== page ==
Recently, I had lunch with a venture partner and we discussed the state of innovation in Silicon Valley, as well as other parts of the world. It's pretty well understood that technology innoviation in Silicon Valley has been driven by several factors -- availability of engineering talent, partnerships between industry and academia, and lastly capital investment infrastructure. These days, such conditions are by no means unique to Silicon Valley. But then that begs the question -- will this area continue to be the fertile crescent valley of innovation? My associate proposed a new element that I'd not heard previously. He posited that Silicon Valley fosters innovation because it inherits the "49er spirit" -- an attitude that holds no tolerance for status quo. The gold-rush settlers came to Northern California because they wanted a better life and this area offered plenty of opportunity. Hence, a cultural attitude developed where it is not only permitted to challenge the status quo, but encouraged. (Think Apple vs. IBM in the 1980's).

To some extent, Silicon Valley culture is a more concentrated form of the immigrant culture for which the US, in general, is known. This reminds me of a quote I read in a recent editorial from a German newspaper.
Europeans today -- just like the Europeans of 1987 -- cannot imagine that the world might change. Maybe we don't want the world to change, because change can, of course, be dangerous. But in a country of immigrants like the United States, one actually pushes for change.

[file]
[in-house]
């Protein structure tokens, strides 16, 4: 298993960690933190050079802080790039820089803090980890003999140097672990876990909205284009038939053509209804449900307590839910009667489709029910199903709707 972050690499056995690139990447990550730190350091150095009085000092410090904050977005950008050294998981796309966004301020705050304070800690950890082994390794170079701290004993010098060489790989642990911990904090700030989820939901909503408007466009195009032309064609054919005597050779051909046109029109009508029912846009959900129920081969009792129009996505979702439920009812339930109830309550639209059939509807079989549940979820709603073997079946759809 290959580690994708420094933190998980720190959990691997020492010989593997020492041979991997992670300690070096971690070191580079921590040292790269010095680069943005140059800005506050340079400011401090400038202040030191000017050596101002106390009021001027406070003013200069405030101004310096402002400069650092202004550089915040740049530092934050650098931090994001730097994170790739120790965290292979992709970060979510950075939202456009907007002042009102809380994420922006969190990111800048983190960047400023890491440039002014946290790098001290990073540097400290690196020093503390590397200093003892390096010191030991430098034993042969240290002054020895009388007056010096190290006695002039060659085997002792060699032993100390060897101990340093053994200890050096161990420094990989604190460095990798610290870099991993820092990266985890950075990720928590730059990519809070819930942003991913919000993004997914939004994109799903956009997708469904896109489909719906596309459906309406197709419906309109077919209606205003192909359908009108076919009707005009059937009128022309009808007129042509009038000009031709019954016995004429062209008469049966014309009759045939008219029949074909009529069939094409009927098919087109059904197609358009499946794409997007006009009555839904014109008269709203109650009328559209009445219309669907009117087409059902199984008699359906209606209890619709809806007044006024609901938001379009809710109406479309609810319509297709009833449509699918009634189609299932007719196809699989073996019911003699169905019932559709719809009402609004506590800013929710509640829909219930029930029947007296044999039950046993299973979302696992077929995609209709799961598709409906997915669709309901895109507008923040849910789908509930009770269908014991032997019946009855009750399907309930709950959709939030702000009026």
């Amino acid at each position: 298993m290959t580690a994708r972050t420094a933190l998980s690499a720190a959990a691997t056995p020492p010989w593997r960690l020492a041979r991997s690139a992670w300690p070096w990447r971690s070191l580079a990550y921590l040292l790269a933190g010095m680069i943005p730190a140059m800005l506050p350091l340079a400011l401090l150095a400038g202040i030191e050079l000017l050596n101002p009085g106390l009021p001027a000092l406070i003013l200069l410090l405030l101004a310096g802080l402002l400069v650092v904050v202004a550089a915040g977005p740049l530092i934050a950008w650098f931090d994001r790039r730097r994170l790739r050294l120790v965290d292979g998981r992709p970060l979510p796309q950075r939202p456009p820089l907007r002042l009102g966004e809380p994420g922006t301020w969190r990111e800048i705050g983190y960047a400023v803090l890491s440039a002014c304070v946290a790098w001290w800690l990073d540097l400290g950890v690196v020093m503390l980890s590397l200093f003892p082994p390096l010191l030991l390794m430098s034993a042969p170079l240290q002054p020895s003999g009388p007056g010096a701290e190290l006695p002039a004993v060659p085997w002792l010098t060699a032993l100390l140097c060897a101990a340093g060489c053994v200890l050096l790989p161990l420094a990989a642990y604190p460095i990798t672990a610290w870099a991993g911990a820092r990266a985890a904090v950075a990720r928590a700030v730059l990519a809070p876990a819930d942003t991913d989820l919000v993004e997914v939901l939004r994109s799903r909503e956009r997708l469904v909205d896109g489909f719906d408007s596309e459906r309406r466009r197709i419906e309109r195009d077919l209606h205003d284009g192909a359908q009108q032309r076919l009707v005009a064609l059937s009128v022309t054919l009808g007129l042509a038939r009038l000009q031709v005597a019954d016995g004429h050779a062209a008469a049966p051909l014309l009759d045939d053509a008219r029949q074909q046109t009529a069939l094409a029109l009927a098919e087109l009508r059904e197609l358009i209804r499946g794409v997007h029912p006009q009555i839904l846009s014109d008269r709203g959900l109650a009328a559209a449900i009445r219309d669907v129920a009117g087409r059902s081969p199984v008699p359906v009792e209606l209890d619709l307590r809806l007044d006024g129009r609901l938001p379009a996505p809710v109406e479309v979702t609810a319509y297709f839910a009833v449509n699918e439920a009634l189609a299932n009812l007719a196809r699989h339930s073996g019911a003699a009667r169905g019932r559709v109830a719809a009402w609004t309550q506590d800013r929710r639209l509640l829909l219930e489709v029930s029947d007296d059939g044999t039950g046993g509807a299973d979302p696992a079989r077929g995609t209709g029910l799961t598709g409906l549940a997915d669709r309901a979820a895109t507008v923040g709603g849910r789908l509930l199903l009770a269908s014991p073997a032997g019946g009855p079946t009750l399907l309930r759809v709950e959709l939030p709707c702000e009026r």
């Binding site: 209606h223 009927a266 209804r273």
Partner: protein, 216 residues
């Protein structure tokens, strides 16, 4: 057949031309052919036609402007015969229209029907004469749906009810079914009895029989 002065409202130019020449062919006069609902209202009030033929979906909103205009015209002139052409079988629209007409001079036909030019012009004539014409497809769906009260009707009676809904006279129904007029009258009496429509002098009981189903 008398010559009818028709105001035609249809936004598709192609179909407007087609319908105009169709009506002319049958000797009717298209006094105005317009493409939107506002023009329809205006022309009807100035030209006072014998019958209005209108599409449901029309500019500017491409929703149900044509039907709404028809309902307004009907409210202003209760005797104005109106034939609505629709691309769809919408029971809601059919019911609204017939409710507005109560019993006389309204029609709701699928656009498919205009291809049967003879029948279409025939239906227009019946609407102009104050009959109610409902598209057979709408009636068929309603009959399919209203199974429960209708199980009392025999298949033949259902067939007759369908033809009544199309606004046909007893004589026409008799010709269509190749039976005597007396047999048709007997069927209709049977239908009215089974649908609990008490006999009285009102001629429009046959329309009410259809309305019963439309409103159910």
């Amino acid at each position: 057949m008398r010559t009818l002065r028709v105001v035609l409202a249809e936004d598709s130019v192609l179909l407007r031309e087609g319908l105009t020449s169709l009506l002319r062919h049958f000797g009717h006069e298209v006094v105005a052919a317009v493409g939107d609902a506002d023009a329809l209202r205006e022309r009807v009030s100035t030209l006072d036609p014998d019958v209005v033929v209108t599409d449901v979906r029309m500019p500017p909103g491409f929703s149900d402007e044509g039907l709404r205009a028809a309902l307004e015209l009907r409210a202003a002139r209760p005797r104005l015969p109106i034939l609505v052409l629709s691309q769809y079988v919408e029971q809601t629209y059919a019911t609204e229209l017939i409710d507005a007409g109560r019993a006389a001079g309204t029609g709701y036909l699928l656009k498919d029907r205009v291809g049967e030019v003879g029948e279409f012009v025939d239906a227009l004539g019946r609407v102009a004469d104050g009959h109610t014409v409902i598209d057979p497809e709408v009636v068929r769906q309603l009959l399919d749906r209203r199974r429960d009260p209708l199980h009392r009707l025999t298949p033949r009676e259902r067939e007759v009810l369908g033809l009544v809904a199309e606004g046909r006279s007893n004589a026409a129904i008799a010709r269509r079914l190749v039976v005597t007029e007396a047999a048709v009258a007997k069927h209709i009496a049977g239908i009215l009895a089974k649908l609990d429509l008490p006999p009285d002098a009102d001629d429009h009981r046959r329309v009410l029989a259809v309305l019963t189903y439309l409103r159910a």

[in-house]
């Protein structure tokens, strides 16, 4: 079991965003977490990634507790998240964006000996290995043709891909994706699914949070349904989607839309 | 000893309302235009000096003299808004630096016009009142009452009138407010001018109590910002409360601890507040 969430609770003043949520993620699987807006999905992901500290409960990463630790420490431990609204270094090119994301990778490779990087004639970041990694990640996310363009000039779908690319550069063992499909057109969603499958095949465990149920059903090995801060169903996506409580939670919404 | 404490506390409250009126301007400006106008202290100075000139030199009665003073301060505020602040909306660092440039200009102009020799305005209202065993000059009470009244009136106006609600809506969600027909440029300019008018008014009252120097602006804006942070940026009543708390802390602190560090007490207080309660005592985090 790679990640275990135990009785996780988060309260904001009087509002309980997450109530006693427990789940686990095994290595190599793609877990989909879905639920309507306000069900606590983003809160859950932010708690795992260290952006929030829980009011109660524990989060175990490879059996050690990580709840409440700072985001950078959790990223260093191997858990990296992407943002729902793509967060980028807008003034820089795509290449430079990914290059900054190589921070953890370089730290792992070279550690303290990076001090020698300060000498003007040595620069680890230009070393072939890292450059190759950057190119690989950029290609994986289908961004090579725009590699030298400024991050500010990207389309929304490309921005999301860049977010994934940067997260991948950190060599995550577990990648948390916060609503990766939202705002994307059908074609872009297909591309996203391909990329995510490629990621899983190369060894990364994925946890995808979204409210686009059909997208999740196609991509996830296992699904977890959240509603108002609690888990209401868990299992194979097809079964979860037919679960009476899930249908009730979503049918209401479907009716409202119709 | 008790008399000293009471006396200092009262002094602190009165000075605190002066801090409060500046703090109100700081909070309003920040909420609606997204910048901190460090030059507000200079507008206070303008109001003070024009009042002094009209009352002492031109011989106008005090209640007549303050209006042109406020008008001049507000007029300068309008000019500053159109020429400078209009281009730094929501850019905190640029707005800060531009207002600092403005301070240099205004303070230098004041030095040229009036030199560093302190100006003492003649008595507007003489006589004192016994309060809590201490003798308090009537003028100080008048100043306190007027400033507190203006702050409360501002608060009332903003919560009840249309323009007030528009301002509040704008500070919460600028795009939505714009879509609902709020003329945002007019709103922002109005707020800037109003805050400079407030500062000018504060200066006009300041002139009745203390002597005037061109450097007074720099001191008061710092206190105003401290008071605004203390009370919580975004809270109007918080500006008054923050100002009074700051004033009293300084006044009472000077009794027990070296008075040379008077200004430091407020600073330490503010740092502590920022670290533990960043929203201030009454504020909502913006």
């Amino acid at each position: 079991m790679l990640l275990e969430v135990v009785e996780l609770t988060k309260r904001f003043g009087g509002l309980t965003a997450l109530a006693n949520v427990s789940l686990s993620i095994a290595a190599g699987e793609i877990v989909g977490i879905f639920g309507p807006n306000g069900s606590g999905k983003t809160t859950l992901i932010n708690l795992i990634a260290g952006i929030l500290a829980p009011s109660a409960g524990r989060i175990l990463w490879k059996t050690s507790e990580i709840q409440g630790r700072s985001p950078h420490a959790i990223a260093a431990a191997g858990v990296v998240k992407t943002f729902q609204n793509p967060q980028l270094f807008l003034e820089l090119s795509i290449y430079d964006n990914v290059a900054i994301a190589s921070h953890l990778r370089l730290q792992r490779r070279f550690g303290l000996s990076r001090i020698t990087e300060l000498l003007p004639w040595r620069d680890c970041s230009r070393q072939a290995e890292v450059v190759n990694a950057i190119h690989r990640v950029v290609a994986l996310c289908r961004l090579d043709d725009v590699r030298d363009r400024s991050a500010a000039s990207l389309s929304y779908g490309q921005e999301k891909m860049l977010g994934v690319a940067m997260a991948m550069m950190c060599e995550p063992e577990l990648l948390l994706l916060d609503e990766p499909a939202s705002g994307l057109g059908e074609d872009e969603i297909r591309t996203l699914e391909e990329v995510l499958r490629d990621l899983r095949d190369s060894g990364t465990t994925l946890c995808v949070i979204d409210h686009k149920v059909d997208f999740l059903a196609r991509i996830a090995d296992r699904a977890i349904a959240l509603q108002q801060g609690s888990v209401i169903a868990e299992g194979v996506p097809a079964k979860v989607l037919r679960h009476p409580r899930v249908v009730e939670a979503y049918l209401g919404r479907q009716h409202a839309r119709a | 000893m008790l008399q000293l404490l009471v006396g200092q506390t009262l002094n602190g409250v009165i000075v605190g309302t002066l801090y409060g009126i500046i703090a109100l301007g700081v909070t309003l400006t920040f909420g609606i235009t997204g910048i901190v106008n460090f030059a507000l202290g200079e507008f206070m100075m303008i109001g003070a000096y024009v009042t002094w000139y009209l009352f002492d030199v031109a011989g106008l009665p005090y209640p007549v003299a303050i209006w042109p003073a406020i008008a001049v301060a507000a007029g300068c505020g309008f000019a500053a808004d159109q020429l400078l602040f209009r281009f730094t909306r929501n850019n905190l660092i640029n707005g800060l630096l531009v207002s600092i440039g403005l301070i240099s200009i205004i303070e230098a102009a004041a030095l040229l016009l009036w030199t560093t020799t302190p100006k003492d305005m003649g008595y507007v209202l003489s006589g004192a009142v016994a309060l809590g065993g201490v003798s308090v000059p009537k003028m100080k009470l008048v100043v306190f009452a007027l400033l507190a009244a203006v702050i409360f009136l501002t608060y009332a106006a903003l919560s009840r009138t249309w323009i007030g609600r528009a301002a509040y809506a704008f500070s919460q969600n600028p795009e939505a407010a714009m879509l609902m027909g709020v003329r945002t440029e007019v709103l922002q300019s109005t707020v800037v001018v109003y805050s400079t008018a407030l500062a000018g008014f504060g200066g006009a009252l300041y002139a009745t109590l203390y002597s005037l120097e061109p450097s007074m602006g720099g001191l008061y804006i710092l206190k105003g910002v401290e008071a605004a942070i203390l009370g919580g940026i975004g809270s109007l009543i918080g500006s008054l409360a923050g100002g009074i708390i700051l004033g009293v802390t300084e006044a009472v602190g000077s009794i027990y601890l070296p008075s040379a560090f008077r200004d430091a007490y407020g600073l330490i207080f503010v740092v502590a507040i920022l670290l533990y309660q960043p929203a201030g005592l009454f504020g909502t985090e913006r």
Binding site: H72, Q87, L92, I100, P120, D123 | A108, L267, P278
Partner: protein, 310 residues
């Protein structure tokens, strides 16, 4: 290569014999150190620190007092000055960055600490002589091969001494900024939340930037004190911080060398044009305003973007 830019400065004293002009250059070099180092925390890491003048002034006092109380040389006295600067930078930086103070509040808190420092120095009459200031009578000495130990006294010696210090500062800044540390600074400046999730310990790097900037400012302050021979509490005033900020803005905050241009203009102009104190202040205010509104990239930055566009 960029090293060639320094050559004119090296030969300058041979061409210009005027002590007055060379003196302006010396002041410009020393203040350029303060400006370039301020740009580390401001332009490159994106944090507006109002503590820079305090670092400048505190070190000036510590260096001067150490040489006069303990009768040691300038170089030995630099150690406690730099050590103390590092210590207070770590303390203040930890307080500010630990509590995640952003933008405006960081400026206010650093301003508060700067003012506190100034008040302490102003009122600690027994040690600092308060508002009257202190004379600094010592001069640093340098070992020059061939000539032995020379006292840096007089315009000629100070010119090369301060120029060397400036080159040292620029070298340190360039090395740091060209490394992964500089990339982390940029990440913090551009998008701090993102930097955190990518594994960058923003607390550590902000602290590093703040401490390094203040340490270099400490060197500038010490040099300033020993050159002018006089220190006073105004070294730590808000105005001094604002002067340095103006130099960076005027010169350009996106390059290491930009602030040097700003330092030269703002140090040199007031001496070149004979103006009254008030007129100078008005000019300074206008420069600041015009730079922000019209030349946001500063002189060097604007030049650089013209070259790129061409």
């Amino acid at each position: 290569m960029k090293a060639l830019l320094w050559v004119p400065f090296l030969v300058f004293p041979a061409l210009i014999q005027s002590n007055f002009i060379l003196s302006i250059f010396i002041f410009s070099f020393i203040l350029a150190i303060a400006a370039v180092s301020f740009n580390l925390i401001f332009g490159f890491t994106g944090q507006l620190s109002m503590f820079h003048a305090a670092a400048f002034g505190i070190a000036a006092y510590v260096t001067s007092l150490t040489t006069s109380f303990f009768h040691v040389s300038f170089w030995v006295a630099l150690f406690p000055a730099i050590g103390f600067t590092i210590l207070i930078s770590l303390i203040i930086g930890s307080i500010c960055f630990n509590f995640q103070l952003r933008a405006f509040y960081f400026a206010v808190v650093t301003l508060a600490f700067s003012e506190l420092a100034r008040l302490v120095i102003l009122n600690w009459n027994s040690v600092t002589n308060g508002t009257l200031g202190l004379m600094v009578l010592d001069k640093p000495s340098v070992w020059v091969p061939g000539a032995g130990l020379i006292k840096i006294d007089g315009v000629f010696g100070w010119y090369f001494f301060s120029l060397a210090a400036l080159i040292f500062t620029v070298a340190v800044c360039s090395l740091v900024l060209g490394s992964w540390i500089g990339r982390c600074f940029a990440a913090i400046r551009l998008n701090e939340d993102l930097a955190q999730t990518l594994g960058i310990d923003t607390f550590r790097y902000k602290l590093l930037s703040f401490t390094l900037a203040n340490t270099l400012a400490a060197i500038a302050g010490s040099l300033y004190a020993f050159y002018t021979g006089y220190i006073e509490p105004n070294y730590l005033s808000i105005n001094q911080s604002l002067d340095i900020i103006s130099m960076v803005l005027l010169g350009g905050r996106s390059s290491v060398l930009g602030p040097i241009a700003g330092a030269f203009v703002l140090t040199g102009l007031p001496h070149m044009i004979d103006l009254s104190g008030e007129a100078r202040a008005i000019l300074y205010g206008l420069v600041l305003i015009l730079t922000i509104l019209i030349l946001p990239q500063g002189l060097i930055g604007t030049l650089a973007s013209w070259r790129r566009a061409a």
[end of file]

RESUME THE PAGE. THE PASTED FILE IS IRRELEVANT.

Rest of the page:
The craving for change and progress is more prevalent in Silicon Valley than in other parts of the US... so far. When added to other factors like engineering talent, academia, and venture capital, there is critical mass for innovation.

Monday, February 28, 2005

Sarbox Impact on Product Roadmaps

A friend of mine emailed me the other day asking to compare notes on presenting product roadmaps. He runs Product Management for a well-known, well-funded startup offering enterprise software. Having been in the business for quite a while, he has great experience presenting product roadmaps. However, the corporate controller recently approached him and expressed concern over the content of his roadmap presentations. Specifically, the implied commitments created exposure from a revenue recognition perspective -- according to the controller.

In general, this first year of implementing Sarbanes-Oxley is resulting in lots of anxiety that works its way across all parts of the organization, not just Finance and Accounting. The fear of legal exposure is so great that many areas of ambiguity are interpreted with extreme conservatism. This is starting to hamper a company's flexibility to do business.

I once had breakfast with a CIO who started the conversation by stating -- "I want you to tell me everything you know about your future plans and direction. Don't hold anything back due to fear that I'll hold you accountable. I pretty much assume all vendors lie anyways." Nice way to break the ice. With regulatory compliance taking up everyone's attention, I can't imagine what that conversation would be like today.

Sunday, February 27, 2005

Differentiating Differentiation

One of my biggest daily challenges is to stay genuinely interested when a partner gives a corporate overview. Every company in enterprise software claims they are unique because they lower costs, mitigate risks, and increase productivity for IT. Differentiating is a really tough challenge in this industry.